So what do you do about this, huh? Fight back by flaunting your bits? Try to curb your wares by forming a production company? Or just say 'f*ck it', and then take a trip to heavens gate?

Marilyn Monroe Naked

Marilyn Monroe
Now do you see where I'm coming from with this, folks? Marilyn Monroe was a used person. And when she tried to fight back... well... the rest if now history. Just like these relatable facts. (1) Norma Jeane Mortenson was born on the same day that Ignacy Moscicki was elected the president of Poland -- the 1st of June, 1926. Plus she died on the same day that the first quasar was located by radio -- the 5th of August, 1962. (2) After her mother was institutionalized; Marilyn spent over a year in a Los Angeles County Orphanage, and was placed with 11 different sets of foster parents not so long thereafter. (3) Although it states that her name is 'Norma Jeane Mortenson' on her birth certificate, and she was baptized under the given name 'Norma Jeane Baker', when Marilyn was a model, she used the names Jean Norman or Mona Monroe. Her first idea for a screen name was Jean Adair, yet, she legally changed it to Marilyn Monroe in March, 1956. (4) In 1953 Marilyn was 'Playboy Magazine's' first 'Sweetheart' -- later renamed 'Playmate of the Month'. She was paid $50 to model for this picture, and Hugh Hefner eventually bought it for $500. (5) Two people claimed paternity over Marilyn body when she died. The first person was her biological father that she never met -- C. Stanley Gifford. And the second person was the gentleman who married her mother at the time of her birth -- Edward Mortensen. (6) Marilyn left seventy-five percent of her estate to her close friends, Lee and Paula Strasberg, which eventually fell into the hands of Anna Strasberg, Lee's third wife. (7) Even though Marilyn's estate is currently worth approximately five million dollars a year today, back in the day, she was paid a lot less money than some of her co-stars. For example, in 'A Gentlemen Prefer Blondes', she was paid ten-time less than Jane Russell. And in 'Something's Got to Give', she was paid five times less than Dean Martin. (8) Marylyn is buried in a vault situated in the famous Westwood Memorial Park, Los Angeles, California. Other famous people buried at this prestigious site include: Truman Capote, John Cassavetes, James Coburn, Rodney Dangerfield, Janis Joplin, Walter Matthau, and Roy Orbison.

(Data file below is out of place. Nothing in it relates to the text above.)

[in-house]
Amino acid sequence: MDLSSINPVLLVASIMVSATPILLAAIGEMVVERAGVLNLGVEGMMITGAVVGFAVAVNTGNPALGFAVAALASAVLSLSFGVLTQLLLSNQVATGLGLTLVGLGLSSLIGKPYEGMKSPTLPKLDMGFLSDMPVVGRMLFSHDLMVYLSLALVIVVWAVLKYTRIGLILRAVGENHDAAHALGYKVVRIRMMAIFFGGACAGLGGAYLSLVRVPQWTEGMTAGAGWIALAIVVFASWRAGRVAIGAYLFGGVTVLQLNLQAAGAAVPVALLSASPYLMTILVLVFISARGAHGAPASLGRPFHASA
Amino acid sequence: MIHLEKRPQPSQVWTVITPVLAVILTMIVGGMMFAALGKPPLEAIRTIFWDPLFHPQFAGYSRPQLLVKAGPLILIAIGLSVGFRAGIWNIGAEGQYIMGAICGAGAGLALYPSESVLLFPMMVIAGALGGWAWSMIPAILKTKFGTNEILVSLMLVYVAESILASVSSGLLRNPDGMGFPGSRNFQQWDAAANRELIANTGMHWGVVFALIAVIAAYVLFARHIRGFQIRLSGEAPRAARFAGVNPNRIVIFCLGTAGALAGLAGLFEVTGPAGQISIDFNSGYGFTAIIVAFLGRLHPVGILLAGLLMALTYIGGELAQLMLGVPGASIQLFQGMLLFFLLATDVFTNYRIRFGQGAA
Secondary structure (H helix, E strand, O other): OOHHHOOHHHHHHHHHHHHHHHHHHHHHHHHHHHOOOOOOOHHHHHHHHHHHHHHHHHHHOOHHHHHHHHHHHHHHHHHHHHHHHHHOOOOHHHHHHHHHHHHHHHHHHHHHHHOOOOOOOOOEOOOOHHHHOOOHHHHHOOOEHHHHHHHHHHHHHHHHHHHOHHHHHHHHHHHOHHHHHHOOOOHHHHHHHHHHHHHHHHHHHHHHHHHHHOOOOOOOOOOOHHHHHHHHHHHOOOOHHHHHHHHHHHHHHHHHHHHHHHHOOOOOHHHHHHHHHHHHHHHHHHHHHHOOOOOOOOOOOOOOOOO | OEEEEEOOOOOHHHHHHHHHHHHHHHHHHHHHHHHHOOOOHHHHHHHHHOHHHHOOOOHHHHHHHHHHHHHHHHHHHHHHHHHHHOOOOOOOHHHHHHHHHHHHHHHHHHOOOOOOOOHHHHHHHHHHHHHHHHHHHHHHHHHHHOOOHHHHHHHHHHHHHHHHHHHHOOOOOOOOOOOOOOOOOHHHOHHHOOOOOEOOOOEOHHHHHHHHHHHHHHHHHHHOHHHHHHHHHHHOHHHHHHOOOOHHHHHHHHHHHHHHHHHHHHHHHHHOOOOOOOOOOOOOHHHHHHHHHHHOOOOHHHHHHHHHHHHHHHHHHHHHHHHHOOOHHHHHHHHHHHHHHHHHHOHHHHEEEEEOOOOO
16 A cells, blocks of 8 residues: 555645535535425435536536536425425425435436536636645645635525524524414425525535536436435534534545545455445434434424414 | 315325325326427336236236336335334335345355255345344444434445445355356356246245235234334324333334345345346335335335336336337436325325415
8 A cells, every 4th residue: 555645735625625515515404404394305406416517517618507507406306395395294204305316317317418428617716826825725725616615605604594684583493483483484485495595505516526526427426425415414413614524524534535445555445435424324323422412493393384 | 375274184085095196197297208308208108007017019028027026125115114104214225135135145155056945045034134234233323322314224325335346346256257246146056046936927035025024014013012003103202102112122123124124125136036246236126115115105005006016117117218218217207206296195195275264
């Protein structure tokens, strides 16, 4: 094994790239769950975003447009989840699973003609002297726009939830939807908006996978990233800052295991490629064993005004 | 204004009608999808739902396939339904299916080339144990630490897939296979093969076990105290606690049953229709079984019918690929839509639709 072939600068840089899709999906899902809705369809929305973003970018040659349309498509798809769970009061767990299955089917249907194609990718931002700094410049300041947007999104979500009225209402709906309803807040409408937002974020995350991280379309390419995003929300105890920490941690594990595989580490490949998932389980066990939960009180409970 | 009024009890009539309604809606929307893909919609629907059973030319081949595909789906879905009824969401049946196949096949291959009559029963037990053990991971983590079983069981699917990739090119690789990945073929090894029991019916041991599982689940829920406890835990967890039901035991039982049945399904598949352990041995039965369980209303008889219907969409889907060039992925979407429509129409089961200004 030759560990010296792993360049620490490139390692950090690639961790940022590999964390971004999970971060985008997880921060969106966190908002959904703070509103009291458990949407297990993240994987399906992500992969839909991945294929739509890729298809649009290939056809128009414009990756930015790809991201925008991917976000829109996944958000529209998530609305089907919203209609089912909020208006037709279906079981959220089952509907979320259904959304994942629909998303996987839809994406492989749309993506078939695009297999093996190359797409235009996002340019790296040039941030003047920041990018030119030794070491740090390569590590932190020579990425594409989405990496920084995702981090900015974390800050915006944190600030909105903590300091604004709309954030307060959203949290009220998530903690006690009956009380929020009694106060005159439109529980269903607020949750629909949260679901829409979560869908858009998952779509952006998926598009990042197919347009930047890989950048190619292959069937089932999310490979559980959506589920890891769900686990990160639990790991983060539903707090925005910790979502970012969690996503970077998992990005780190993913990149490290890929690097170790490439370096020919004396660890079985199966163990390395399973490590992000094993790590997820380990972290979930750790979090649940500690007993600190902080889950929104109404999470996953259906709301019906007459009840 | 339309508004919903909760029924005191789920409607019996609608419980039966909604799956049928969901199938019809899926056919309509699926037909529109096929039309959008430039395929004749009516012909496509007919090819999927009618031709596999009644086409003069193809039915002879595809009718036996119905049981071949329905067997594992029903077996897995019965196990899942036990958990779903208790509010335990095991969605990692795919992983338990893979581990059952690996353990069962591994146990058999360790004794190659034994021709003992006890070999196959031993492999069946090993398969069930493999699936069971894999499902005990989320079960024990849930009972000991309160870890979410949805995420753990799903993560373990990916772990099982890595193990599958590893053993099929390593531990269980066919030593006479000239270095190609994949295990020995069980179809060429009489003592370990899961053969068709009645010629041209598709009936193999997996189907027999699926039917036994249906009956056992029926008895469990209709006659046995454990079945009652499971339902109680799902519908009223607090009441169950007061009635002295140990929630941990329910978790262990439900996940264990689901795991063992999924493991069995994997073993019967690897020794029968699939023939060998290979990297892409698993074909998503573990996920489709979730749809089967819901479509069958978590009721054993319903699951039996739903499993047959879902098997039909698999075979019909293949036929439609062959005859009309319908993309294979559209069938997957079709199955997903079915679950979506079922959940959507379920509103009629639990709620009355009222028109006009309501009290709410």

Marilyn Monroe With No Clothes

If I'm going to be honest with you, dear reader, overall this episode of 'Reel Lives: Marilyn Monroe' wasn't really the most well polished and insightful documentary I've ever watched. It was kind of sparse in content, and I found it very superficial on the surface. Yet, whilst saying that, what it lacked in originality and substance, it more than made up for in poignancy and tone, and has honestly made me want to know a little bit more about this one time screen icon.

Bless you, Norma. You're a star.